I'm modding a PCB that has a CO2 sensor on it, powered by a battery (via a linear reg that also supplies the micro). The sensor is turned on and off to preserve battery power and the micro goes to sleep. I was surprised to see that the sensor has a permanent supply to it and ground is switched by the micro with an N-type MOSFET, rather than using a P-type MOSFET to switch its Vsupply on and off.

The C02 sensor is then connected to the one of the micro's UART's Rx and Tx pins. I would have thought that the problem with this is that the micro could then provide a path to ground and be leaching current away as there is always power on the sensor's supply pin.

Am I unduly worrying about this?

Or, I'm not unduly worrying about this...if the pins were set as outputs and set high before sending it to sleep would that be the best way to minimise power consumption with the current set-up?

I would have had it high sided switching and set the Rx and Tx pins as GPIO pins configured as outputs with the pins being set low just before going to sleep. Is that a better way of doing it or am I overthinking this? (Or indeed just plain wrong?)

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    \$\begingroup\$ It's just a choice, not overthinking at all. Given that the designers chose an N-Channel FET (probably for cost) they probably set the Tx/Rx as GPIO inputs pulled high which achieves the same low power characteristic. \$\endgroup\$ – Jack Creasey Jul 24 '17 at 15:27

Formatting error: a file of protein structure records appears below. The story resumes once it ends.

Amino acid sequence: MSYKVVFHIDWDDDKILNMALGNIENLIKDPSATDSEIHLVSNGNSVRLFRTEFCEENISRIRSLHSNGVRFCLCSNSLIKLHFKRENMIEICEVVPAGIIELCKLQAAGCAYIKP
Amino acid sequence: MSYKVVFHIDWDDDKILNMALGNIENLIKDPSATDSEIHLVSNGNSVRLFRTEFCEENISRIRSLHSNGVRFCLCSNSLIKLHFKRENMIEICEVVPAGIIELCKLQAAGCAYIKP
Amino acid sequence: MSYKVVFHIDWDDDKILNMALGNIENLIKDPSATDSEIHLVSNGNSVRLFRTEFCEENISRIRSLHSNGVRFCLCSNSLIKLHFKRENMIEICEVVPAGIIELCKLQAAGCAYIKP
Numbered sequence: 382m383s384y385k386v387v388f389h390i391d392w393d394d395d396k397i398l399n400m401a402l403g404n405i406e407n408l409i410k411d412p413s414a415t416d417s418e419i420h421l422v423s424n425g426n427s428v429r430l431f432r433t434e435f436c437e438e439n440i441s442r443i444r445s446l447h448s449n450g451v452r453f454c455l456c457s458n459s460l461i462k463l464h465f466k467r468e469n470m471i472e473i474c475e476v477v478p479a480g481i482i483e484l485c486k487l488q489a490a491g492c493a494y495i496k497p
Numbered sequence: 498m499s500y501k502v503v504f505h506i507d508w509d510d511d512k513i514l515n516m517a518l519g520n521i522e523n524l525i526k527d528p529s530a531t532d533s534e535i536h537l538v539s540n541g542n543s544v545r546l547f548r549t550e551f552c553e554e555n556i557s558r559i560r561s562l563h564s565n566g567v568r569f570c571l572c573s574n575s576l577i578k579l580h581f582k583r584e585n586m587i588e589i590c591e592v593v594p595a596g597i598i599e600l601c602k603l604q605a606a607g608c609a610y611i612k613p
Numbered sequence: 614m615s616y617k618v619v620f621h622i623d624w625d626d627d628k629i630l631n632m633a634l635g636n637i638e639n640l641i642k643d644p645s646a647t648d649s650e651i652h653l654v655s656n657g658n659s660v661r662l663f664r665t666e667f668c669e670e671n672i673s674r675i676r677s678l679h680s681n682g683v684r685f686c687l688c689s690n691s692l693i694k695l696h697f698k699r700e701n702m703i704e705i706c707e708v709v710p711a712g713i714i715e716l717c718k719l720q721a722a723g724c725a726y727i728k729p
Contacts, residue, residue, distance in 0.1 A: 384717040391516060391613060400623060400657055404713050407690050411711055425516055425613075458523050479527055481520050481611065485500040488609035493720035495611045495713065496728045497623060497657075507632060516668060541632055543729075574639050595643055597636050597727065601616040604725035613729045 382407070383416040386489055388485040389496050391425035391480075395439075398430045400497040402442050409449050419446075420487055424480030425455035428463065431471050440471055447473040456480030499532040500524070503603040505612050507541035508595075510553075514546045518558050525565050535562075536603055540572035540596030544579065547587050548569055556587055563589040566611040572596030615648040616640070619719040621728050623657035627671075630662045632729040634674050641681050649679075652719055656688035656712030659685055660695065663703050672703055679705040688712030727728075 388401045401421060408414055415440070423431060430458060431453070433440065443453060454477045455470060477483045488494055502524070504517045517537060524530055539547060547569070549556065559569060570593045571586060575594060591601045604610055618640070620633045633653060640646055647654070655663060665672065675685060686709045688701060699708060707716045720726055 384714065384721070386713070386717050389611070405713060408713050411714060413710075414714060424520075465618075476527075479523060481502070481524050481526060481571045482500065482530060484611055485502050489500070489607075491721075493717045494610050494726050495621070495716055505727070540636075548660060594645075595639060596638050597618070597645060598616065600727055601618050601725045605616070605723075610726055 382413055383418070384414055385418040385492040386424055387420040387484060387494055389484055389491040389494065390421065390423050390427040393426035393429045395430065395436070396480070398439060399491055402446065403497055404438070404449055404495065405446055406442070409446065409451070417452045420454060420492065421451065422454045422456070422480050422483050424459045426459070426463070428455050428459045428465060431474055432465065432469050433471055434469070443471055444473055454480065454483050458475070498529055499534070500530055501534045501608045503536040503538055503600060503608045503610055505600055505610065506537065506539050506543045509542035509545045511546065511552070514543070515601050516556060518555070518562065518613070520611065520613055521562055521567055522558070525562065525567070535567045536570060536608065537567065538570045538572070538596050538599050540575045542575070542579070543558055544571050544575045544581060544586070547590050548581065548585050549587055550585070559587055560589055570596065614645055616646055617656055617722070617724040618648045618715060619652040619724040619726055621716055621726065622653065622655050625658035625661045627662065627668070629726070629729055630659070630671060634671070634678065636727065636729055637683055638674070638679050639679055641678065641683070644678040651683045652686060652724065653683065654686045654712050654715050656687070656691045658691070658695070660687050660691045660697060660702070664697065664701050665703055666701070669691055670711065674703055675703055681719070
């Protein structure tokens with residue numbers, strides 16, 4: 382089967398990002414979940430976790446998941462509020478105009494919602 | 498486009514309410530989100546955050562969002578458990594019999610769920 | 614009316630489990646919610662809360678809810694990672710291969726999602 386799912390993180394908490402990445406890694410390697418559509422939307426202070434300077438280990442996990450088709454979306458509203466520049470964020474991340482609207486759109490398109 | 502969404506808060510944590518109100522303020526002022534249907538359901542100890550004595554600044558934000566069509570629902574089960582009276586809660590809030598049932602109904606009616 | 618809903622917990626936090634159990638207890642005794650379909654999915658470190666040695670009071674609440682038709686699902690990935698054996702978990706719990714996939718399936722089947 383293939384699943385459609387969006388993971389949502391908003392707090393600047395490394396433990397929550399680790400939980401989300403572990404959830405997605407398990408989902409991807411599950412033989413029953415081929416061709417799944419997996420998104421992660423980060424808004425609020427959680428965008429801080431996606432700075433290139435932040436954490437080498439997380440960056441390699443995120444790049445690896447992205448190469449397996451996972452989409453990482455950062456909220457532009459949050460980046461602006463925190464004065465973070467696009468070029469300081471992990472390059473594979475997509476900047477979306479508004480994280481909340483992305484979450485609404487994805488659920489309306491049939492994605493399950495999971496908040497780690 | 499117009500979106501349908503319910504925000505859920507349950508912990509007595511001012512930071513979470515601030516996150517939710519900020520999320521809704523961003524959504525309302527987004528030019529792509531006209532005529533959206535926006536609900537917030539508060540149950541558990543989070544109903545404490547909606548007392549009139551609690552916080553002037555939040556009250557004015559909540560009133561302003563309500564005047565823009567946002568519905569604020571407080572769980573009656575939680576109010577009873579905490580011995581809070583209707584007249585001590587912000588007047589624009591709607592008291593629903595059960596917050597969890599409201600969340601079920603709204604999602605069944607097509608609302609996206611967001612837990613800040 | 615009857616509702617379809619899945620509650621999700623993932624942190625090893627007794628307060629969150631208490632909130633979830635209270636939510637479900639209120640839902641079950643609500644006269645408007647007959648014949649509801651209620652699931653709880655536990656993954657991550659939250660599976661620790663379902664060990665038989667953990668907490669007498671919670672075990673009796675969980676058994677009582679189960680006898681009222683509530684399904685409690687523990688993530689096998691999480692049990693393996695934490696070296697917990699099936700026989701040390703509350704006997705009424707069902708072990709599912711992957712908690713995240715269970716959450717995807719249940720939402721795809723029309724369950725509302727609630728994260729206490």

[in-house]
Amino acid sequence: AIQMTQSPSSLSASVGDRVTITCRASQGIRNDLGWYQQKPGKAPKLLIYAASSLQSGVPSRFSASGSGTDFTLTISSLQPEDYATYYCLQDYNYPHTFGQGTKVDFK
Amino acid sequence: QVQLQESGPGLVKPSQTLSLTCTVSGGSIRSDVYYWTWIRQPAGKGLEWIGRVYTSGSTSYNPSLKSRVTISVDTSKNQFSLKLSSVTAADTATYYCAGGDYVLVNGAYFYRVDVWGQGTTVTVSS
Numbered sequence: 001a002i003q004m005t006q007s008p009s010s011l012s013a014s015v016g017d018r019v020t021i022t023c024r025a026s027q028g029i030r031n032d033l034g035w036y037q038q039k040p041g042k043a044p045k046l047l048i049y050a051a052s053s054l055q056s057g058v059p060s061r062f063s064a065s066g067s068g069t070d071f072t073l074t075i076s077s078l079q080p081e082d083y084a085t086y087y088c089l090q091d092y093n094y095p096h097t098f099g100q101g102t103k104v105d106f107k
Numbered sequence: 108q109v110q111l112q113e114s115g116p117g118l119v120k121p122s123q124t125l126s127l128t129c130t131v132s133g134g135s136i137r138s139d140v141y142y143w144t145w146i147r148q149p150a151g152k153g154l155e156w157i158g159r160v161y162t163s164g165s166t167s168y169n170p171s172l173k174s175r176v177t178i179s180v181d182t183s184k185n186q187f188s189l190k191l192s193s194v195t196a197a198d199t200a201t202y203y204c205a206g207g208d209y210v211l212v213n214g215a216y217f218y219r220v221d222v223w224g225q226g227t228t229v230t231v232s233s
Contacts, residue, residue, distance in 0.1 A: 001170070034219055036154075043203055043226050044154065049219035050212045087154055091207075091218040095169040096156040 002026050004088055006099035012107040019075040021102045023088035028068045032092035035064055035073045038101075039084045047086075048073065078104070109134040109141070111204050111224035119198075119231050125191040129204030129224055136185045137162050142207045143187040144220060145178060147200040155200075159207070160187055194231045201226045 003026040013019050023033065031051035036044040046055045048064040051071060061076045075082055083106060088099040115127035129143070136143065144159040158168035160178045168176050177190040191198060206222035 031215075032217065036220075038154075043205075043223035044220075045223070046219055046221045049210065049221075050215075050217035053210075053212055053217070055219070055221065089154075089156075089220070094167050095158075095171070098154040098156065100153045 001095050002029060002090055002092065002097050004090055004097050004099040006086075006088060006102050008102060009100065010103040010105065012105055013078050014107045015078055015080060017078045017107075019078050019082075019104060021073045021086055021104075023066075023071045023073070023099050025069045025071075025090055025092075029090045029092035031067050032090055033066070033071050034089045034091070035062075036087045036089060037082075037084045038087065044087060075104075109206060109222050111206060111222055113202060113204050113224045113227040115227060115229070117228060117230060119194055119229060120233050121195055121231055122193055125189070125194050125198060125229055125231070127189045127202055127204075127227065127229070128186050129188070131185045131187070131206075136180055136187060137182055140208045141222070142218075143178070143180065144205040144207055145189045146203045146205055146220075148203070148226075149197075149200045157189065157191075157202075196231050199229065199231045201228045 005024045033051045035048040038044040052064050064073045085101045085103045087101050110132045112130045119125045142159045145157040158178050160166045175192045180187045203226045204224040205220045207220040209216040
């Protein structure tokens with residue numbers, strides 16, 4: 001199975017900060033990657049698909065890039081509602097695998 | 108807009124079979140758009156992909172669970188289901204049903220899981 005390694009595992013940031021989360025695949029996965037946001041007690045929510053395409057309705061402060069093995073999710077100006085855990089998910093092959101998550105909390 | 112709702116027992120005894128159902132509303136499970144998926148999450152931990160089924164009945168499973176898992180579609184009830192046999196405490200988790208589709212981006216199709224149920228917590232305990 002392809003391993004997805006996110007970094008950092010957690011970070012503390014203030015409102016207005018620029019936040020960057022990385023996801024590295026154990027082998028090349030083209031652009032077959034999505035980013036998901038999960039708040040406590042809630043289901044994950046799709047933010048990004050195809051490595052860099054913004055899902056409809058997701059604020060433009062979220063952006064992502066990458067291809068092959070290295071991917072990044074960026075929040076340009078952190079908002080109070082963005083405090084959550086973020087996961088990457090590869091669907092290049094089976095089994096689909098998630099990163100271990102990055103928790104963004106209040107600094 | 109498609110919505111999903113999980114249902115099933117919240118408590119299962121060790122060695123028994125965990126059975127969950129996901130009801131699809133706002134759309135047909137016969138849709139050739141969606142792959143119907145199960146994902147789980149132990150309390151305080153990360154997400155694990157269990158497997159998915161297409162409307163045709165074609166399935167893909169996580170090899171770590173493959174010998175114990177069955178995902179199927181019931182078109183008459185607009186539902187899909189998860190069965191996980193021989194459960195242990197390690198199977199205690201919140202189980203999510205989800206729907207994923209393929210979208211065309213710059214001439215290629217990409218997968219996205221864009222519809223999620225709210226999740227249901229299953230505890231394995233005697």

• \$\begingroup\$ If this was a passive sensor with an analog output I'd be concerned, but since it's obviously a smart sensor that communicates via serial it's less of an issue. Switching low-side is easier/cheaper. As @JackCreasey mentions, backdriving through IO pins can be alleviated by proper pin assignment at the receiving end. \$\endgroup\$ – Trevor_G Jul 24 '17 at 15:40
  • \$\begingroup\$ @Jack Actually, the one thing that is done just before sleep in the current code is "Tri state the CO2 TX pin to reduce power consumption", so I do not think, from all I have read that it's been properly thought through. \$\endgroup\$ – DiBosco Jul 25 '17 at 7:51
  • \$\begingroup\$ @Trevor I have found a plethora of information on line about minimising current in sleep and, in fact, one article advises putting things in to analogue mode to reduce consumption in sleep mode. There is so much conflicting advice, lots about what to do with unused pins and very little about what to do with connected pins. Seems to me the best way in the end would be to test different methods with a sensitive ammeter. \$\endgroup\$ – DiBosco Jul 25 '17 at 7:53
  • \$\begingroup\$ @DiBosco, indeed, there is more to consider when powering things off than just turning off the power to the device. Obviously, you want all signals between whatever is being powered down and the micro or whatever else is in between to not be carrying any current in that state. Sometimes it's obvious, sometimes, not so much. You really have to look at each signal on an individual basis and decide the best case for each. \$\endgroup\$ – Trevor_G Jul 25 '17 at 12:10

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